PPI dangers

Are Proton Pump Inhibitors dangerous?

If newspaper headlines are to be believed, the popular acid suppressant drugs can cause osteoporosis, anaemia, hypomagnesaemia, C-difficle infection, heart attacks, kidney disease, dementia, cancer - and a host more.

PPIs are powerful acid suppressant drugs originally designed to help cure gastric ulcers. It was initially considered a few weeks treatment would be all that was required. However their use in combatting acid reflux has led them to become one of the most popular drugs worldwide used by millions in the 30 years since their introduction and many people are on them for life.

Problems started being reported when these powerful drugs were made available over the counter in the USA and quickly led to FDA warnings.

Many people suffering the misery of indigestion use antacids. When a new drug that purports to last longer and be more effective was found next to their usual, but not so effective, Tums, many of those sufferers turned to them instead. Most people do not read the inserts in packs of tablets so it's likely many of those customers misused them. They are not on-demand medication like Tums. It's probable too many people dosed themselves too frequently or with too much. There is research evidence to show that reported problems with these drugs are highest amongst self-medicators.

If found to be necessary for more than a few weeks, the use of these drugs should be monitored by a doctor to ensure patients have the smallest effective dose for the shortest necessary time and taken correctly - ie pre-emptively at the same time each day which is probably best half an hour before breakfast.

They may be too good at doing their job of reducing acid production; too much for too long can induce a condition known as hypochlorhydria when the body has insufficient stomach acid.

Stomach acid is required to help leech essential minerals and vitamins from food, turning them into chlorides which may be absorbed into the bloodstream in the duodenum.

Hypochlorhydria can result in malabsorption of calcium - exacerbating osteoporosis, iron - exacerbating anaemia, magnesium etc.

Hypochlordydria can also result in reduction of the body's natural defences against harmful bacteria like C-difficile.

If you use PPIs at a high dose for many years, you may find you need supplementation of essential minerals and to boost your immune system with probiotics. But speak to your doctor about your concerns.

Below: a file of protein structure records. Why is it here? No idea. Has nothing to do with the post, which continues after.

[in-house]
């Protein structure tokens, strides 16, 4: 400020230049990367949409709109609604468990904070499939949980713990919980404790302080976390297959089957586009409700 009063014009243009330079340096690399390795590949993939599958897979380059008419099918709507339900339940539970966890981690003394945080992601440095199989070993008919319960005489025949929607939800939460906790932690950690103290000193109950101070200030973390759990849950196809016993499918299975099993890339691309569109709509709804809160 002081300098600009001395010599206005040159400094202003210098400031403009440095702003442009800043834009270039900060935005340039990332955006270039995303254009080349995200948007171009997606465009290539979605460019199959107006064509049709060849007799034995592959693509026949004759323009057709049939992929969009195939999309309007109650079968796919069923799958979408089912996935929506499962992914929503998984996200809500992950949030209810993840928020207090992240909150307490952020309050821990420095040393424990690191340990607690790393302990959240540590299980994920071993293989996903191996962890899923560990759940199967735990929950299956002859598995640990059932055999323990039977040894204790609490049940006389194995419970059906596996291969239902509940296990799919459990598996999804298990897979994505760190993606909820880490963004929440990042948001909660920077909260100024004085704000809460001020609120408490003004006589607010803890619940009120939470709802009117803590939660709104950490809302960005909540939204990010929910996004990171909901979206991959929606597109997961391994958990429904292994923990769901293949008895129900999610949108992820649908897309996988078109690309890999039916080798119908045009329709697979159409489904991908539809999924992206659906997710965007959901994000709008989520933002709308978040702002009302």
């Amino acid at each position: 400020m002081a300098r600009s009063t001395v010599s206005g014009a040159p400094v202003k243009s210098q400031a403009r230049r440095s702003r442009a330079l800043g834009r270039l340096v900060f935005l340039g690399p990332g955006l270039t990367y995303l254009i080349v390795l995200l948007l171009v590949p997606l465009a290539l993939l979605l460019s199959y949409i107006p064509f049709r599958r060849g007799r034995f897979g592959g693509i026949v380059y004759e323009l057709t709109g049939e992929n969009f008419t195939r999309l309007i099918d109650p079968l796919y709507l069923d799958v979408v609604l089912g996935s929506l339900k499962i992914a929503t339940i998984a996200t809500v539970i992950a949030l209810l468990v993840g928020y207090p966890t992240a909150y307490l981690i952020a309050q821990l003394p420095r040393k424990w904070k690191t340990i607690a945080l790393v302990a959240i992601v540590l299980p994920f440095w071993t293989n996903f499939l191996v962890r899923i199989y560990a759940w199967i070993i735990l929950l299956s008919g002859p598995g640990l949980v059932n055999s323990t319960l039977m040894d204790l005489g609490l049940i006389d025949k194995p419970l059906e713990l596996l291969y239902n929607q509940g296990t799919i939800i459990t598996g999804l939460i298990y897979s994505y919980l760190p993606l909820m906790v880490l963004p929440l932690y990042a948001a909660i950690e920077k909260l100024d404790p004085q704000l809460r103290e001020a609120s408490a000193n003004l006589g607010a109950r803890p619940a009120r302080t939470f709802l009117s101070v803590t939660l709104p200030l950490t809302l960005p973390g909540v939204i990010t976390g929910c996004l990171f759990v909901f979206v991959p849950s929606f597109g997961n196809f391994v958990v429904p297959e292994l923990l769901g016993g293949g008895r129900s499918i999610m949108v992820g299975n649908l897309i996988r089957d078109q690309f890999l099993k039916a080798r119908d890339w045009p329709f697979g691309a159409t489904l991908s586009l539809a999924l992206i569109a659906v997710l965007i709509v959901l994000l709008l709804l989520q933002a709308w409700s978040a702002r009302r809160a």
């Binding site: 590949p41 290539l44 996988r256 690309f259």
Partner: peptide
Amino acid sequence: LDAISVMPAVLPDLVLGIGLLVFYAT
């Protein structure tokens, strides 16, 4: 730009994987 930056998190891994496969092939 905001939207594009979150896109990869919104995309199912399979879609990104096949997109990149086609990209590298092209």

PPIs have been linked to Myocardial Infarction. That those with heart conditions may be greater amongst those taking PPIs is not surprising since the symptoms of heart attack and indigestion can be so similar. The "evidence" shows a correlation not a causation.

A more recent study followed 54,422 GERD patients in Taiwan compared with 269,572 randomly selected age-, gender-, comorbidity-matched subjects, finding, amongst other things, "patients who were prescribed PPIs for more than one year had slightly decreased the risk of developing Acute Myocardial Infarction".


Similarly PPIs have been associated with Chronic Kidney Disease. Again this showed a correlation: those with kidney problems are more likely to be users of PPIs.

Another study looking at the medicines used by patients over the age of 75 with dementia, found a higher proportion of them used PPIs than amongst the general population. [Association of Proton Pump Inhibitors With Risk of Dementia.] Another case of correlation rather than causation and some doctors were led to speak out about misinterpreting the data. [Doctors: be wary of new PPI studies linking drug to health problems.]

A paper published in Gastroenterology in 2017 reported researchers "evaluated 10,486 volunteers within the NIH-supported Alzheimer’s Disease Centers who were aged 50 years and older and had either normal cognition or mild cognitive impairment at baseline" finding "No link between PPIs, dementia, Alzheimer's risk".


The popular media loves scare stories like these and, never letting the facts get in the way of a good story, can exaggerate them causing real fear amongst some PPI users who often try turning to unproven "natural" remedies for their condition that may do more harm than good.

There has been research however that shows PPIs most probably have a chemo-protective effect helping reduce incidences of oesophageal cancer as published in this meta-analysis.

This paper, "PPIs display antitumor effects in Barrett's adenocarcinoma" also found "evidence supporting the potential use of PPIs as novel antineoplastic drugs for EAC".

In July 2017, this paper, "Risk of death among users of Proton Pump Inhibitors: a longitudinal observational cohort study of United States veterans" was widely misinterpreted by news media saying PPIs were responsile for increased deaths. The study was flawed inasmuch as it didn't say what medical conditions the patients had requiring PPIs, nor what they died of. The bottom line of that study was: "Exercising pharmacovigilance and limiting PPI use to instances and durations where it is medically indicated may be warranted."

[An updated version of this may be found in our Down With Acid encyclopaedia here.]

This page was created by Chris Robinson as a personal response to the many who propagate the scare stories on popular media without actually looking at the facts.